The risk of catching COVID 19 on a plane is low due to the way the air is filtered and circulated. However aeroplanes are not always cleaned thoroughly so there is a chance the virus may be on surfaces you touch. Wipe down surfaces such as your screen and tray table with an antiseptic wipe, wash your hands frequently and try not to touch your face.

Do I need to wear a facemask when travelling?

No. Surgical masks are clinical PPE, designed for clinical staff during specific clinical tasks. They work very well in those specific circumstances when used correctly but are not recommended by medical professionals, the WHO, the CDC or Public Health England for mass public use. In fact because people don’t use them properly they may end up actually harbouring more germs and doing more harm than good.

The only people who should be wearing surgical masks are clinical staff, or civilians who are attending to those who are sick. In some cases those people displaying mild symptoms can wear them too to avoid spreading germs but they should be self isolating and not travelling anyway.

Should I self isolate after travelling?

Yes, after travelling from anywhere at all, even if the country you have come from is relatively low risk, then you should self isolate for 14 days which is how long the incubation period of COVID 19 is.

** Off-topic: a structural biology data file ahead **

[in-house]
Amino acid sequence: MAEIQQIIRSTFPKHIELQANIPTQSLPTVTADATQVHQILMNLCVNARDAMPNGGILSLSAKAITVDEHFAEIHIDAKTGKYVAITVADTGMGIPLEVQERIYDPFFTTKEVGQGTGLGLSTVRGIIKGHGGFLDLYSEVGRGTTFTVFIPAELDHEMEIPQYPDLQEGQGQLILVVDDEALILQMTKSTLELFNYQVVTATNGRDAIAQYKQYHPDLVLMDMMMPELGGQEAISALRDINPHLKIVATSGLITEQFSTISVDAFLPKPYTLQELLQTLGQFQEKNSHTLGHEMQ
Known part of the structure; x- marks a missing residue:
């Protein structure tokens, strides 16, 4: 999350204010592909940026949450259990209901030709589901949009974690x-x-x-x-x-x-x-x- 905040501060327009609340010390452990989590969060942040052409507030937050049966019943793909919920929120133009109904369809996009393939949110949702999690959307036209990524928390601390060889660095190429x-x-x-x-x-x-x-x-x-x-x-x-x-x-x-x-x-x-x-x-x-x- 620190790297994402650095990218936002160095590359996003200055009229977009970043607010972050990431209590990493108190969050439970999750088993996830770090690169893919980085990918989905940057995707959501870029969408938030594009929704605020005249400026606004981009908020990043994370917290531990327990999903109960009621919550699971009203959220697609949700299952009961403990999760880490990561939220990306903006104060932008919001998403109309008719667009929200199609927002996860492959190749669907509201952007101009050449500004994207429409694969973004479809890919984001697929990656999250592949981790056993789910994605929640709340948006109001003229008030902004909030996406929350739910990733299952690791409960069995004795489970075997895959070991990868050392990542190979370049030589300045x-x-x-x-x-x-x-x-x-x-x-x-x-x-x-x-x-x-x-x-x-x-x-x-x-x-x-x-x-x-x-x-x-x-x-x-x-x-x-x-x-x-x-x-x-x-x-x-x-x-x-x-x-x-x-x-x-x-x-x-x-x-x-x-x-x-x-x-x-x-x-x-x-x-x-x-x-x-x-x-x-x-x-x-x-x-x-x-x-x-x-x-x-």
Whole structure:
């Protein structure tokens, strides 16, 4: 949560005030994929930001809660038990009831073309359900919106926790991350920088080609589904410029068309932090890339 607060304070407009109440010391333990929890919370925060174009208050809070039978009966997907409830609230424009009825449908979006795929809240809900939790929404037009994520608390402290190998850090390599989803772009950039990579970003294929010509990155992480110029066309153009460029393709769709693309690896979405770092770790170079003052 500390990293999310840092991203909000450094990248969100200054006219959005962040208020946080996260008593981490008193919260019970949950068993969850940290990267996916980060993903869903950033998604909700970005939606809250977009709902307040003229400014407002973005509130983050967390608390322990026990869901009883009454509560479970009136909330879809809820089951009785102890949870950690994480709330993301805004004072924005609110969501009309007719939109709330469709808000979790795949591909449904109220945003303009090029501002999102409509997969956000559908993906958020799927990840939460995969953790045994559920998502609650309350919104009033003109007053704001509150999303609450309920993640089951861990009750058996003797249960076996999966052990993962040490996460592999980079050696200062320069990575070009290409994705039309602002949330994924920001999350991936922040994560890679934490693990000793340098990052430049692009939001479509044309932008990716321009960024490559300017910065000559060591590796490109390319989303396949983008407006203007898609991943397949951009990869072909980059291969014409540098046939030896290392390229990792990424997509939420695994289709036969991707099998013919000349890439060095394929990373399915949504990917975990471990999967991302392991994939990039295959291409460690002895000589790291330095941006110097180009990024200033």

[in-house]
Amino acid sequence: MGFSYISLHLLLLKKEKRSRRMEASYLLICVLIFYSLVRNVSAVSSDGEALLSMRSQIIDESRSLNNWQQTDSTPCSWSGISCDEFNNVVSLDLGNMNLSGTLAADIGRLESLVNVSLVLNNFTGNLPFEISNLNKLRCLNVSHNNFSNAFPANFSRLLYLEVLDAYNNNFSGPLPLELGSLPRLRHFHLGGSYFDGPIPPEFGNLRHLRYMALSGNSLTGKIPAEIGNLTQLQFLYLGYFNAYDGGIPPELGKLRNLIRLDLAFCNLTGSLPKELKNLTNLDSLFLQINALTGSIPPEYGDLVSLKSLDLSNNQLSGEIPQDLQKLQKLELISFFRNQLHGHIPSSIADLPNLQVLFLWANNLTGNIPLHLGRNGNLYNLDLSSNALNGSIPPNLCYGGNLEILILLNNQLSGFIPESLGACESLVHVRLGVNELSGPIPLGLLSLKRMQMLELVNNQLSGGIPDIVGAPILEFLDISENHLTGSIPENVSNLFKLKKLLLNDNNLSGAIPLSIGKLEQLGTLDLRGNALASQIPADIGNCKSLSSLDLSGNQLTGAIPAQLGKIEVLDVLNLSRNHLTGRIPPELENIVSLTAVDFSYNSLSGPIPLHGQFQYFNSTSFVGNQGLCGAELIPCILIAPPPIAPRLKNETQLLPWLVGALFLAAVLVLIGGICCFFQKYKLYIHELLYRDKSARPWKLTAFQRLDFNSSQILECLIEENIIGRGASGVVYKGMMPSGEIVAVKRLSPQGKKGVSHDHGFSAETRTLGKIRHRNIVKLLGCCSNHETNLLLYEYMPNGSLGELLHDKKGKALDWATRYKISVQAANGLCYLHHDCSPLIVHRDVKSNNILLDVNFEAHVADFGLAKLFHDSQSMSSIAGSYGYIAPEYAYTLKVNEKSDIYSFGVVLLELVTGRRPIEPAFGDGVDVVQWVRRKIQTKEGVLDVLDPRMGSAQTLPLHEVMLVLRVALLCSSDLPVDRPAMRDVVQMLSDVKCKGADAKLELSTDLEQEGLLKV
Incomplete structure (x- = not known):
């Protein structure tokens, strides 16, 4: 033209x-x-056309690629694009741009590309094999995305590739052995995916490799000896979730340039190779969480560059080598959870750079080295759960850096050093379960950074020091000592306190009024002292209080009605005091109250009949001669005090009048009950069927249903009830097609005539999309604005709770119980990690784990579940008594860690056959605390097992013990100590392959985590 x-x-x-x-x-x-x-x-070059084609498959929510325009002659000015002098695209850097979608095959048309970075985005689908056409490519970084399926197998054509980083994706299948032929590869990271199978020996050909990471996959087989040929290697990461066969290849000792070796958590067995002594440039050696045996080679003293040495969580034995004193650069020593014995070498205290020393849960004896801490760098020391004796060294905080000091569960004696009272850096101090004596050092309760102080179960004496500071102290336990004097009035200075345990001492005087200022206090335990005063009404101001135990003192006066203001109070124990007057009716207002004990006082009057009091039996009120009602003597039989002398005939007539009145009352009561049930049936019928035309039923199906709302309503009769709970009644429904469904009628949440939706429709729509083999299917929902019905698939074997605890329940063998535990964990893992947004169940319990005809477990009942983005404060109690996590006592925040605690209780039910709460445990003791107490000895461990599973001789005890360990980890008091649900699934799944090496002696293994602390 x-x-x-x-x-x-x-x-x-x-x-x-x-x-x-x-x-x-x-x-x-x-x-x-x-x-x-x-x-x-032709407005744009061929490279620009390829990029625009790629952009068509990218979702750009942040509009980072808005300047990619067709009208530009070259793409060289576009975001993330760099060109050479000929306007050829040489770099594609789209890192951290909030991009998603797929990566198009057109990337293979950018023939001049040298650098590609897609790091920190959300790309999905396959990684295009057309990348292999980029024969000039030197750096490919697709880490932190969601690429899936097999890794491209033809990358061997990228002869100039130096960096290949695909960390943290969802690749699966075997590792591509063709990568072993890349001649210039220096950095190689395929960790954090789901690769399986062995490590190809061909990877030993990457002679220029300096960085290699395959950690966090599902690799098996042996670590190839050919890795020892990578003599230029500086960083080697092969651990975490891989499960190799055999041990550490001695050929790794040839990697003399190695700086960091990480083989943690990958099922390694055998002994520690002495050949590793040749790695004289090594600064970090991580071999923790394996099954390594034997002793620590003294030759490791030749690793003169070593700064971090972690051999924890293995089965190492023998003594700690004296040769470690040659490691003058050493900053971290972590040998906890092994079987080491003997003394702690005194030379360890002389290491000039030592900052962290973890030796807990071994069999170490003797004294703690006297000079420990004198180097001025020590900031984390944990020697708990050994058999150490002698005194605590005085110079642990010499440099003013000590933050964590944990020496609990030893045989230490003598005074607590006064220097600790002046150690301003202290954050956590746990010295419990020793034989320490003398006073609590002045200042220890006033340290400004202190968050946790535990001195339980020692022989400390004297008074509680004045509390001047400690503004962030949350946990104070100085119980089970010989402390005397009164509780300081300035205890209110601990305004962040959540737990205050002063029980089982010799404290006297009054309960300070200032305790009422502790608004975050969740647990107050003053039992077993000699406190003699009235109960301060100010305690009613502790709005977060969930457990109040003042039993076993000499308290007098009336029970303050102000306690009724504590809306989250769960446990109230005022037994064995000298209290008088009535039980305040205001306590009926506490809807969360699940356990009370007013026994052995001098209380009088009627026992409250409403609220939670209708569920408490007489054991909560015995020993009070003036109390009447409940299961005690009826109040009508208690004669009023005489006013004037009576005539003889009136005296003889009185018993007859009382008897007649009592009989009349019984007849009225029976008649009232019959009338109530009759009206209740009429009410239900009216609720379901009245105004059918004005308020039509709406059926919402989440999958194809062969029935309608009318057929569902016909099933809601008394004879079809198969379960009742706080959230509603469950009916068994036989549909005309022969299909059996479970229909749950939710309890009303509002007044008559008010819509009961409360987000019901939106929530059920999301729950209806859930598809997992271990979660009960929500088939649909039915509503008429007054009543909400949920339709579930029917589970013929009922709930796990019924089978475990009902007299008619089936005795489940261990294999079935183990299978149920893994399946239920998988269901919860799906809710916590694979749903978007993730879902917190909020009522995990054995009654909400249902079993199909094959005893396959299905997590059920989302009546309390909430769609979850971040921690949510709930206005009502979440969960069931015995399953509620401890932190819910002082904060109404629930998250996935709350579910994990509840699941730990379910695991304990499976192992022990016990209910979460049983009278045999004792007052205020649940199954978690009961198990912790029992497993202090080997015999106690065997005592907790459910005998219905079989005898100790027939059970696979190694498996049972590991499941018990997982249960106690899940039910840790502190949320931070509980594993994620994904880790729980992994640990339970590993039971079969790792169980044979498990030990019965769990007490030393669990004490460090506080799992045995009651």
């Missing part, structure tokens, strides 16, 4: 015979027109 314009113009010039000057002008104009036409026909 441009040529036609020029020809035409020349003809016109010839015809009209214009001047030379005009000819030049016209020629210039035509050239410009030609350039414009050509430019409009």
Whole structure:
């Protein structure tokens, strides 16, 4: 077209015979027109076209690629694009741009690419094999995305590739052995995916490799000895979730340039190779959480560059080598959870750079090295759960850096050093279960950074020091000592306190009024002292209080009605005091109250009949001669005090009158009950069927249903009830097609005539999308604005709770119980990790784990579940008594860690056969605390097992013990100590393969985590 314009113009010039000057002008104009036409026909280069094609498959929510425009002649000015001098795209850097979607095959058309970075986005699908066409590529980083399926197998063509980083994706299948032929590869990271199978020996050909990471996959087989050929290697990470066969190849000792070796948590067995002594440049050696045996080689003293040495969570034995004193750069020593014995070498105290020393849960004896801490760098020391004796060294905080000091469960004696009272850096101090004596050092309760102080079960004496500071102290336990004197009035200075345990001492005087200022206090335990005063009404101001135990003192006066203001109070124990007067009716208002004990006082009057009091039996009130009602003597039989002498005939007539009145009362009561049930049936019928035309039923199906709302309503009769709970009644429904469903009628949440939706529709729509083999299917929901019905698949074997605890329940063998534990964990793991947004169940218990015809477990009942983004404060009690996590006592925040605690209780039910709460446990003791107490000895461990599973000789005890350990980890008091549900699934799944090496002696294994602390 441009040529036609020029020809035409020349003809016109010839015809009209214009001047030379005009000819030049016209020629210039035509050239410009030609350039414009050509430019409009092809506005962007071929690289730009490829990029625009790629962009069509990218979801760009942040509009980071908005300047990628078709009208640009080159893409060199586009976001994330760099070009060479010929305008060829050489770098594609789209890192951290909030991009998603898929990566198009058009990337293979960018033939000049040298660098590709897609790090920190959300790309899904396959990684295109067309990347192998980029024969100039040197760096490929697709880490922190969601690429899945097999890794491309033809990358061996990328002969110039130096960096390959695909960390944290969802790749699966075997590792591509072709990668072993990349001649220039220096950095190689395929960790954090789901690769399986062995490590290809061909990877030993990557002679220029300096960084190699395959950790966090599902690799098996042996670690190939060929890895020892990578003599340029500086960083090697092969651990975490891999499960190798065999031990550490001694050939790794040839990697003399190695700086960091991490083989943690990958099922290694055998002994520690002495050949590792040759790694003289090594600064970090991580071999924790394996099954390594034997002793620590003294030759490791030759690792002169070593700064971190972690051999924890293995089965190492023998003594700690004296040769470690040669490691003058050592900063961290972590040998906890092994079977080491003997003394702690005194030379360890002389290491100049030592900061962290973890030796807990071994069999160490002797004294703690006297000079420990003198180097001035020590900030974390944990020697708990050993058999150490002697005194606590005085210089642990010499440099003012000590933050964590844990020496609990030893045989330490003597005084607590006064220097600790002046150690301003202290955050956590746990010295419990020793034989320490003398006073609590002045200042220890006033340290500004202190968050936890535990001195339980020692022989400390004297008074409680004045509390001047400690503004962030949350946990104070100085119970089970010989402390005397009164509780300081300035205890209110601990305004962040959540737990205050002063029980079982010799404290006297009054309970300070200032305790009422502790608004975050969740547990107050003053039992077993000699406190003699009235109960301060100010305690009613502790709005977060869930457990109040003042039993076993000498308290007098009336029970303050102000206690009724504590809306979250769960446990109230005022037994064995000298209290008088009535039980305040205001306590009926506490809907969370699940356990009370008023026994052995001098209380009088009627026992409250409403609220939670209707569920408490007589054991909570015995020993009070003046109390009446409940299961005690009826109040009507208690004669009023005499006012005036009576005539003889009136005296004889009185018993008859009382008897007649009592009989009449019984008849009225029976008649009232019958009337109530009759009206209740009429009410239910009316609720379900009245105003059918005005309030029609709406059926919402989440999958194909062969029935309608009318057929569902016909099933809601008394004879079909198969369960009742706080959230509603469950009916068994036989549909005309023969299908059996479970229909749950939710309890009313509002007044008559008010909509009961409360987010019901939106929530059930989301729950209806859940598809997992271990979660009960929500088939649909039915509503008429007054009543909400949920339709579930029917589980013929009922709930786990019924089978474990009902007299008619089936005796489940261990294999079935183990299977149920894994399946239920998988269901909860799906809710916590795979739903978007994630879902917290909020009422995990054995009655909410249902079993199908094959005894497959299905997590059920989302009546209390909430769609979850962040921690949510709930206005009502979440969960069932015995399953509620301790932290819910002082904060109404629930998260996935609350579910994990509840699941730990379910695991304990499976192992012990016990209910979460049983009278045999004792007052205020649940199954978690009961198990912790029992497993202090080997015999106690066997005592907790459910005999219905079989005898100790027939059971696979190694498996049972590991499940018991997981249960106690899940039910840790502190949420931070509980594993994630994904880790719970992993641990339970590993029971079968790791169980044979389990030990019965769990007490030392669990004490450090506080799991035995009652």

I hope this answers all of your questions for travelling during the COVID 19 Epidemic. If you have any more, any at all, please ask them in the comments below.

Did you enjoy this article? I would love to hear your thoughts in the comments section below or on my Facebook or Twitter pages and please feel free to share it with any or all of the social media buttons. If you want to get more great backpacking tips, advice and inspiration, please subscribe to updates via email in the box to your right.

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Why Travel Insurance Is Essential On Your Gap Year.

Michael Huxley is a published author, professional adventurer and founder of the travel website, Bemused Backpacker. He has spent the last twenty years travelling to over 100 countries on almost every continent, slowly building Bemused Backpacker into a successful business after leaving a former career in emergency nursing and travel medicine, and continues to travel the world on numerous adventures every year.

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56 comments on “FAQ About Travel During The COVID 19 Outbreak.
  1. Al says:

    I really appreciate this and all the work you are doing to keep everyone informed. It’s great to have a reliable, trusted source of information. Thank you.

  2. Anna says:

    I’ve heard taking Ibuprofen is a dangerous for Coronavirus, whats your take on that?

    • Honestly Anna I don’t know. There have been some suggestions to that effect but at the moment there is no conclusive evidence that it is either. Most studies I have seen seem to be leaning toward that isn’t the case, but there is no harm in taking paracetamol instead if you need to.

  3. Dave says:

    Thanks for this!

  4. Neil McGregor says:

    Ive heard that there is long-term damage to the lungs if you get Coronavirus? Is this true?

    • It’s too early to say for sure Neil and a lot of the studies are still being done, but it would seem like a possibility for some patients, especially if they have pre-existing conditions such as COAD. It will probably be some time before we know for sure.